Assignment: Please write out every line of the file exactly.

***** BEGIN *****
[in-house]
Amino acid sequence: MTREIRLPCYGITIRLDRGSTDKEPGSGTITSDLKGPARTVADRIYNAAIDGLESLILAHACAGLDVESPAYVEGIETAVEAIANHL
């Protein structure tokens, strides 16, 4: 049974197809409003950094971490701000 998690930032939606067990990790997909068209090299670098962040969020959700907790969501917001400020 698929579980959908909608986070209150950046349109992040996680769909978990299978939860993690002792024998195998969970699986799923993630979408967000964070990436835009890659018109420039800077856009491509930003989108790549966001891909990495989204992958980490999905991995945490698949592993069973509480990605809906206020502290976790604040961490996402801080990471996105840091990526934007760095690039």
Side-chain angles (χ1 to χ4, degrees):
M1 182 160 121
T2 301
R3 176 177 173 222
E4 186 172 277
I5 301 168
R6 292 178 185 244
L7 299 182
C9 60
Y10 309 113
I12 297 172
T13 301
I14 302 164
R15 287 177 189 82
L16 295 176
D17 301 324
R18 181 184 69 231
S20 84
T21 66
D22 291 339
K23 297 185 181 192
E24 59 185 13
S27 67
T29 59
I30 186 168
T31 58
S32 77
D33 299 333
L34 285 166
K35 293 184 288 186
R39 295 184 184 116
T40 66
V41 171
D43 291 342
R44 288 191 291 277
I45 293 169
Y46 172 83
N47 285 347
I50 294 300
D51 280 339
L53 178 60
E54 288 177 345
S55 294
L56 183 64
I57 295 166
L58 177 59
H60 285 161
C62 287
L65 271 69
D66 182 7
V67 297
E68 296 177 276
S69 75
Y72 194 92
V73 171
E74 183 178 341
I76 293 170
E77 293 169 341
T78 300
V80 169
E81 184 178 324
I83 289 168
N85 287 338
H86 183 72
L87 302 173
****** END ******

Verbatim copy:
[in-house]
Amino acid sequence: MTREIRLPCYGITIRLDRGSTDKEPGSGTITSDLKGPARTVADRIYNAAIDGLESLILAHACAGLDVESPAYVEGIETAVEAIANHL
């Protein structure tokens, strides 16, 4: 049974197809409003950094971490701000 998690930032939606067990990790997909068209090299670098962040969020959700907790969501917001400020 698929579980959908909608986070209150950046349109992040996680769909978990299978939860993690002792024998195998969970699986799923993630979408967000964070990436835009890659018109420039800077856009491509930003989108790549966001891909990495989204992958980490999905991995945490698949592993069973509480990605809906206020502290976790604040961490996402801080990471996105840091990526934007760095690039």
Side-chain angles (χ1 to χ4, degrees):
M1 182 160 121
T2 301
R3 176 177 173 222
E4 186 172 277
I5 301 168
R6 292 178 185 244
L7 299 182
C9 60
Y10 309 113
I12 297 172
T13 301
I14 302 164
R15 287 177 189 82
L16 295 176
D17 301 324
R18 181 184 69 231
S20 84
T21 66
D22 291 339
K23 297 185 181 192
E24 59 185 13
S27 67
T29 59
I30 186 168
T31 58
S32 77
D33 299 333
L34 285 166
K35 293 184 288 186
R39 295 184 184 116
T40 66
V41 171
D43 291 342
R44 288 191 291 277
I45 293 169
Y46 172 83
N47 285 347
I50 294 300
D51 280 339
L53 178 60
E54 288 177 345
S55 294
L56 183 64
I57 295 166
L58 177 59
H60 285 161
C62 287
L65 271 69
D66 182 7
V67 297
E68 296 177 276
S69 75
Y72 194 92
V73 171
E74 183 178 341
I76 293 170
E77 293 169 341
T78 300
V80 169
E81 184 178 324
I83 289 168
N85 287 338
H86 183 72
L87 302 173